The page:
3. Worked example on the command line

Here we’ll show you by example how the sen2mosaic processing chain works in practice. We will focus on an example from southern Mozambique, with the aim of creating a cloud-free composite GeoTiff product for the area 500,000 - 600,000 m Eastings and 7,500,000 - 7,700,000 m Northings (UTM 36S). This area is covered by Sentinel-2 tiles 36KWA and 36KWB. We’ll limit this mosaic to the early dry season (May and June) of 2017, in anticipation of multiple seasonally-specific mosaics improving classification accuracy.

3.1. Preparation

First ensure that you’ve followed setup successfully.

Open a terminal, and use cd to navigate to the location you’d like to store data.

cd /home/user/DATA
mkdir worked_example
cd worked_example

Use mkdir to make a separate folder for each of the granules you intend to download.

mkdir 36KWA
mkdir 36KWB

Here we’ll demonstrate the process for the tile 36KWA. We’ll leave 36KWB for you to do without guidance.

To begin, navigate to the 36KWA folder.

cd 36KWA

3.2. Downloading data

The first step is to download Sentinel-2 level 1C data from the Copernicus Open Access Data Hub.

For this we use the L1C.py tool. We will need to specify a Scihub username and password (sign up for an account at Scihub), the tile to download, a start and end date in the format YYYYMMDD, and a maximum degree of cloud cover to download. For the purposes of this demonstration, we’ll set maximum cloud cover to 30 %.

These options can be encoded as follows:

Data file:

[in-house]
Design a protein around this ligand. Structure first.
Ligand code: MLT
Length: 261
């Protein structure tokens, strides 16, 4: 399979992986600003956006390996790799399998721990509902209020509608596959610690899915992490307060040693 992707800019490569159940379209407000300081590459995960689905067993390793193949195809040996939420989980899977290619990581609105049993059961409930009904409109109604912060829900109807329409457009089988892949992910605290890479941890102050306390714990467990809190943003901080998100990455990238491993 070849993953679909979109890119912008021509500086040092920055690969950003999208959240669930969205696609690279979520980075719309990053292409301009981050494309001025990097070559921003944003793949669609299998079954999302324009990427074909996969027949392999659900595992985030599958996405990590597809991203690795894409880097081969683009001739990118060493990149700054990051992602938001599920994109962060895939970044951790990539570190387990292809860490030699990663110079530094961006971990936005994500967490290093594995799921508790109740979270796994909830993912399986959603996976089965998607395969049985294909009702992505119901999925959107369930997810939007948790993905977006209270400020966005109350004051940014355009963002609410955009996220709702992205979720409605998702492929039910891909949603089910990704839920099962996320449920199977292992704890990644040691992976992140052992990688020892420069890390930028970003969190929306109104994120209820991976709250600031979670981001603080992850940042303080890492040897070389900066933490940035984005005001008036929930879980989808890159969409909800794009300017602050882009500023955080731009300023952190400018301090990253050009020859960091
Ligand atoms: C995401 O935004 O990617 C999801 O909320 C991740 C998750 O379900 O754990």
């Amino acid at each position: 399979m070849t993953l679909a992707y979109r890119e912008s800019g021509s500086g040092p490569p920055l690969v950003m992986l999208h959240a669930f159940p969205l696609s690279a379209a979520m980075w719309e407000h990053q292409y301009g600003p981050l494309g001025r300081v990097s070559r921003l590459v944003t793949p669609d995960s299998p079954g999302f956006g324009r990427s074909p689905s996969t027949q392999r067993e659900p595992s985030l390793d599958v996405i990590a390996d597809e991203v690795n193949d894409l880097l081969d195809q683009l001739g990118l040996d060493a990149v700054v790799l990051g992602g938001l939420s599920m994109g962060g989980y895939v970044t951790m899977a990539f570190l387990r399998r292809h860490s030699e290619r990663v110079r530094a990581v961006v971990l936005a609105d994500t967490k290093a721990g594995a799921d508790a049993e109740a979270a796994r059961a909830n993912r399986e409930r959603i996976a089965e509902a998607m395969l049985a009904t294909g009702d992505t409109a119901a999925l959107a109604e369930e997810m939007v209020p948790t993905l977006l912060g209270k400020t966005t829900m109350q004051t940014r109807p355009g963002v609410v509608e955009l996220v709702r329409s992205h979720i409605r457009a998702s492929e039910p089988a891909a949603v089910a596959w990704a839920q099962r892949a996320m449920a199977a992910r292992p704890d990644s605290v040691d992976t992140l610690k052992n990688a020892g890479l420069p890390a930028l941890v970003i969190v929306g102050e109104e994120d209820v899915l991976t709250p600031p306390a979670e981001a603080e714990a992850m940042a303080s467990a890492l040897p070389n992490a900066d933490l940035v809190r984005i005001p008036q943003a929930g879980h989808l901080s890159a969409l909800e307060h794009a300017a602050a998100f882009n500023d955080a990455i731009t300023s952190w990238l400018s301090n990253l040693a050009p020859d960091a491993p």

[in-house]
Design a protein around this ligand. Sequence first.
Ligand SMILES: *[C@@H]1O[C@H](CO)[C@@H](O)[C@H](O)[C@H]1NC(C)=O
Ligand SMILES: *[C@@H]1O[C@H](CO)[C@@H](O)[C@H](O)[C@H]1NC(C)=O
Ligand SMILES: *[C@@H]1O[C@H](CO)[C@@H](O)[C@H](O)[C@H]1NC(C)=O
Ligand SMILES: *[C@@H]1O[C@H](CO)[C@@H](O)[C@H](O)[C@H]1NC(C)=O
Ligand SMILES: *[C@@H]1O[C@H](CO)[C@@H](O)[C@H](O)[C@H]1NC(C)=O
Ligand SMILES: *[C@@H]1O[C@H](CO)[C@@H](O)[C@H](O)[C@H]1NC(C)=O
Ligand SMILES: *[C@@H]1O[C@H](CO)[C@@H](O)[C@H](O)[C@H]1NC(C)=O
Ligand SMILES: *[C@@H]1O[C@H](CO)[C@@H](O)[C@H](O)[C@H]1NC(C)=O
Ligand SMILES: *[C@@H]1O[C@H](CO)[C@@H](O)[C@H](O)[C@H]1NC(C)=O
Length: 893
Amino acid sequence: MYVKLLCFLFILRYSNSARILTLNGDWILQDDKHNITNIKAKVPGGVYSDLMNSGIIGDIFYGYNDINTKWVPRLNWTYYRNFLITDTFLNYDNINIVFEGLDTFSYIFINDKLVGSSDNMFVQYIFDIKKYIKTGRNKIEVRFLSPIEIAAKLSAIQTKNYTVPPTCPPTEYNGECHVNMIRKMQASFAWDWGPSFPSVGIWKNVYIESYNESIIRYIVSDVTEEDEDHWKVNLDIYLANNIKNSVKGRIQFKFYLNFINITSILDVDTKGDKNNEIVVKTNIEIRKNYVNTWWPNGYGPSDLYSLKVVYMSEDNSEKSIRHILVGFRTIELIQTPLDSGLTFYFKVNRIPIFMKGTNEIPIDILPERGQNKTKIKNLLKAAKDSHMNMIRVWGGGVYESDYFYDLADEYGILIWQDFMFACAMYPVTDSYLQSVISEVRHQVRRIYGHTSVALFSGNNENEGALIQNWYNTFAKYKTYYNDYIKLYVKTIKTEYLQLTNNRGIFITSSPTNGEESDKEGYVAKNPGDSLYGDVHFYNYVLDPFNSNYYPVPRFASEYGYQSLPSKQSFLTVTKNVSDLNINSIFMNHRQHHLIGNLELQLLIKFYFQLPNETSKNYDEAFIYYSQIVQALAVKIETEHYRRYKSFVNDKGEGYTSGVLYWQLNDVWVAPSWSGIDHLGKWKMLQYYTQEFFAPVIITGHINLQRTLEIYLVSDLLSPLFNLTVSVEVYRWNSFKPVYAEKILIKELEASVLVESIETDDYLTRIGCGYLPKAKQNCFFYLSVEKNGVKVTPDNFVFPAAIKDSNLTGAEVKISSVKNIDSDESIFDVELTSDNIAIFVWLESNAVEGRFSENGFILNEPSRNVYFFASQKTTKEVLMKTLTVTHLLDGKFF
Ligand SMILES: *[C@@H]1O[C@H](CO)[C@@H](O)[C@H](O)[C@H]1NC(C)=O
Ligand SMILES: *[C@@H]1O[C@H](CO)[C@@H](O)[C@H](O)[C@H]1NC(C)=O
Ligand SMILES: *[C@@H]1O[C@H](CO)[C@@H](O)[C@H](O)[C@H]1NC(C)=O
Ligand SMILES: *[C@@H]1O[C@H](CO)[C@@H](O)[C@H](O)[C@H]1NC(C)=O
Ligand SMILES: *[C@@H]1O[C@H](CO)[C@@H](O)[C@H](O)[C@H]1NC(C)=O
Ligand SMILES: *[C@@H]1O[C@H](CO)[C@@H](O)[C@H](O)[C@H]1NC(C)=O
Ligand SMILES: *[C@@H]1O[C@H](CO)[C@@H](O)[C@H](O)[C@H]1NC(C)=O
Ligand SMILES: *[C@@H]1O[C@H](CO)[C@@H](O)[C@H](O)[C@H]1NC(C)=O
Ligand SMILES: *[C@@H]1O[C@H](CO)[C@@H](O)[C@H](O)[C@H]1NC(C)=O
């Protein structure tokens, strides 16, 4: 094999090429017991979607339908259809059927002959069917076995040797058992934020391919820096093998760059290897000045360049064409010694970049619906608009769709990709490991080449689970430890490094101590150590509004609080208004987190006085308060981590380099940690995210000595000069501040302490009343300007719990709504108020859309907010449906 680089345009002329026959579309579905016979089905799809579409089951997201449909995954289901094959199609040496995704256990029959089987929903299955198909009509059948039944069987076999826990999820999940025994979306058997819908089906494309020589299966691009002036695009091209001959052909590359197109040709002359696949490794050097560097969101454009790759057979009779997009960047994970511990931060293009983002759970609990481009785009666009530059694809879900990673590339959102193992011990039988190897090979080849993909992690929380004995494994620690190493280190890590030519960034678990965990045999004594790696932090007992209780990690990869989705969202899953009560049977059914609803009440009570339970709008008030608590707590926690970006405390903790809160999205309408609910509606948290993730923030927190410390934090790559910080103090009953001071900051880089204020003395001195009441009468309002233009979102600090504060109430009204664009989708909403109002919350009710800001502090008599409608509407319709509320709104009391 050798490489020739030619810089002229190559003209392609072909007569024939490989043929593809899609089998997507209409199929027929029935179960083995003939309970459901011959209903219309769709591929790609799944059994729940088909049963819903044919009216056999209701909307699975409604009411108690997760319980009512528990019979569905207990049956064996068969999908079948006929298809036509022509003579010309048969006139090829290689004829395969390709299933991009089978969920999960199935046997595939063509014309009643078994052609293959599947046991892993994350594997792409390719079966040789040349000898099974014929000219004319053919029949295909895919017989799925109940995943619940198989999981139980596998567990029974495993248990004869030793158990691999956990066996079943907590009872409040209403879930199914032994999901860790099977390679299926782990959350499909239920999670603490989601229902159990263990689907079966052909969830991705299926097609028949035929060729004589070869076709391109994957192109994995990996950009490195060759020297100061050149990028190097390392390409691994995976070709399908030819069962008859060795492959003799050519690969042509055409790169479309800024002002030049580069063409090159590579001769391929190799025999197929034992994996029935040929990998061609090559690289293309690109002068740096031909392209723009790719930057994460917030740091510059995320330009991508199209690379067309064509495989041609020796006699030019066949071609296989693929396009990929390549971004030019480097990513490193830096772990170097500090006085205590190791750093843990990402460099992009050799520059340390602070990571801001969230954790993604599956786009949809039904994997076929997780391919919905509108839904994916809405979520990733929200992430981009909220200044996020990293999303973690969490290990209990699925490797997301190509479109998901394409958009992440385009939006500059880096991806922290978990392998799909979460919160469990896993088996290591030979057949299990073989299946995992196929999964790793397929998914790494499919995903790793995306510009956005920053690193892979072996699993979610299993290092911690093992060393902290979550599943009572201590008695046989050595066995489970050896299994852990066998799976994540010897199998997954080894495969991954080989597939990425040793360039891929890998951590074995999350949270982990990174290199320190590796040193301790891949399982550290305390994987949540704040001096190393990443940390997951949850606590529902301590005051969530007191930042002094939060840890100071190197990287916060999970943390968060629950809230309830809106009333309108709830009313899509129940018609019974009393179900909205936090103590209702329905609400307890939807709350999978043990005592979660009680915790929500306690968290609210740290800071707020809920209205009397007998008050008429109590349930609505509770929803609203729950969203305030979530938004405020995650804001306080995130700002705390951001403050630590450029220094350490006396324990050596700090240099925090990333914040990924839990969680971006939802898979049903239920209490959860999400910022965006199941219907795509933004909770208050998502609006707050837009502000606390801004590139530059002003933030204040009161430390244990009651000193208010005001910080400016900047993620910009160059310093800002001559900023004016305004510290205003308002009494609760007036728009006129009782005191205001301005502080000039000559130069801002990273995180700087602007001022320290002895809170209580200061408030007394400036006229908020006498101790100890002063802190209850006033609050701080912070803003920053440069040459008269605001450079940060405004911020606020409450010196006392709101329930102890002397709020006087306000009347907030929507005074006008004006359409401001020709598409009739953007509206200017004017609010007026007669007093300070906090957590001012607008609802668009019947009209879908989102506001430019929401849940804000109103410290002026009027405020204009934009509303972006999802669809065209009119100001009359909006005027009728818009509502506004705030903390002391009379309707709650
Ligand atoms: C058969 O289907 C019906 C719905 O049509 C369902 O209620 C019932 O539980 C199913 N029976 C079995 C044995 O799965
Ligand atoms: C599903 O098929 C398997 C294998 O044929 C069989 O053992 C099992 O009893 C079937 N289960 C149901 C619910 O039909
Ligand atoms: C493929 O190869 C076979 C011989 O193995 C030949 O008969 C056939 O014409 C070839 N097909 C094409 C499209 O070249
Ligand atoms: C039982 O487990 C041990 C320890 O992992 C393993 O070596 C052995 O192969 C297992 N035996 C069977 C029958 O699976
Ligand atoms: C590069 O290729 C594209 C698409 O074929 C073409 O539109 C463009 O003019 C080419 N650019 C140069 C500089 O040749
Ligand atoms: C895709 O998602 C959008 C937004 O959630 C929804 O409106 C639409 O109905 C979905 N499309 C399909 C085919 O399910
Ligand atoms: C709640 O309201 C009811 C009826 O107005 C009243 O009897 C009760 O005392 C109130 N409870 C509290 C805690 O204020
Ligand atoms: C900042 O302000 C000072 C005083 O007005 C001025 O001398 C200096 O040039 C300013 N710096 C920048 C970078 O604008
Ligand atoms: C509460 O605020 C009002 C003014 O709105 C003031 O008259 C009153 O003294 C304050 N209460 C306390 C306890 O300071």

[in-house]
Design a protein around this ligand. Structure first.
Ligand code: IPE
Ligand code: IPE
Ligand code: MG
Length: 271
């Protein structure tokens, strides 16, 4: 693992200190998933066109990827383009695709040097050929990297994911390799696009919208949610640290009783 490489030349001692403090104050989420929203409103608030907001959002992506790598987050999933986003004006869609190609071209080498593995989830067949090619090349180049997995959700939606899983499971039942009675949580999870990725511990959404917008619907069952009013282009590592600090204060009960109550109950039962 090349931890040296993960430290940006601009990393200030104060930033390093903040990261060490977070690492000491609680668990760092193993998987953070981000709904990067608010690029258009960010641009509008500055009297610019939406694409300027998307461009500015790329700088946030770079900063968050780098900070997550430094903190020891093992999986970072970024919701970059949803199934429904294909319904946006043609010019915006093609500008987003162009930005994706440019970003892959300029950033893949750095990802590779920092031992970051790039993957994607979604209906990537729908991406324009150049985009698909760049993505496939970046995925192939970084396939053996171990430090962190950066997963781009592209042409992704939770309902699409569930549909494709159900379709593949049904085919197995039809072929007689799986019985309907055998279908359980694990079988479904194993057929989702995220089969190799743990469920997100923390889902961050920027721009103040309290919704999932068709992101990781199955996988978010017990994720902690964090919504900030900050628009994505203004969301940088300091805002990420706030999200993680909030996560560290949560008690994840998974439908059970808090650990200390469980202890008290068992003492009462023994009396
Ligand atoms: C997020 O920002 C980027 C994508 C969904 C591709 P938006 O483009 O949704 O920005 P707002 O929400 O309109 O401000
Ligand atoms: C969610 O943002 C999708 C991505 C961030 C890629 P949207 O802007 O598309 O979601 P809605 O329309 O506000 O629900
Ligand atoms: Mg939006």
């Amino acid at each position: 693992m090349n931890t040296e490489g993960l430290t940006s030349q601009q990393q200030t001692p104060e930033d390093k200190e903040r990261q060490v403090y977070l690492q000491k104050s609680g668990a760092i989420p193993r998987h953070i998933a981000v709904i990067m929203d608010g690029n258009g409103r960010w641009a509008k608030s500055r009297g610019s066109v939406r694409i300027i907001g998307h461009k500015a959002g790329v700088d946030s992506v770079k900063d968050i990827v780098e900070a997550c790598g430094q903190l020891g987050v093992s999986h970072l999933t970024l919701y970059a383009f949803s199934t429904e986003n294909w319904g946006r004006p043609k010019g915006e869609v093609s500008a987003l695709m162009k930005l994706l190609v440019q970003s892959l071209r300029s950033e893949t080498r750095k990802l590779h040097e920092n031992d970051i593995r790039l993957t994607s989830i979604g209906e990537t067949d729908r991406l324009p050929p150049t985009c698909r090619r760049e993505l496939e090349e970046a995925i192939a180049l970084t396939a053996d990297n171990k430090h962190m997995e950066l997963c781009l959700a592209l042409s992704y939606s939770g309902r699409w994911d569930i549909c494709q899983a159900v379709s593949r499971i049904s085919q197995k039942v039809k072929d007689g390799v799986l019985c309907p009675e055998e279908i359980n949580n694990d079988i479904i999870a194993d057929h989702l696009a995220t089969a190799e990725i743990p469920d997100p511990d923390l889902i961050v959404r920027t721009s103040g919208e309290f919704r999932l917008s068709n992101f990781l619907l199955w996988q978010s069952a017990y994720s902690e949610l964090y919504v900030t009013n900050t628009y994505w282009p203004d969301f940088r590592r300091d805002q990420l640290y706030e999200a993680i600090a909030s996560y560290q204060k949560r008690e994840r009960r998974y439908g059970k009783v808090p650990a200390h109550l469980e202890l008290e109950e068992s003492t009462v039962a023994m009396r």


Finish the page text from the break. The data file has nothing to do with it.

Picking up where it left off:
s2m download -u user.name -p supersecret -t 36KWA -s 20170501 -e 20170630 -c 30

As we didn’t specify the option -o (--output), data will output to the current working directory. We also didn’t include the -r (--remove) flag, meaning that intermediate .zip files downloaded from the internet won’t be deleted. This can quickly result in large volumes of data building up, so if you’re limited by disk space use the -r flag.

Wait for all files to finish downloading before proceeding to the next step. By the time the processing is complete, your 36KWA/ directory should contain the following files (show files in the currenty working directory with the command ls).


3.3. Atmopsheric correction and cloud masking

The next step is to perform atmospheric correction (removes the effects of the atmosphere on refectance values of images) and cloud masking (identifies clouds in images.) to generate Sentinel-2 level 2A data. We do this with the ESA program sen2cor.


As of Q4 2018, ESA is generating the L2A product systematically and making it available for download. If you download the L2A data directly, this preprocessing step can be skipped.

To perform atmospheric correction and cloud masking we call the tool preprocess.py. We need to specify Sentinel-2 level 1C input files, a directory containing level 1C files, or a single tile within a .SAFE file *.SAFE/GRANULE/*).

To process all .SAFE files for the tile 36KWA (in the current working directory) at 20 m resolution, we can submit the following line: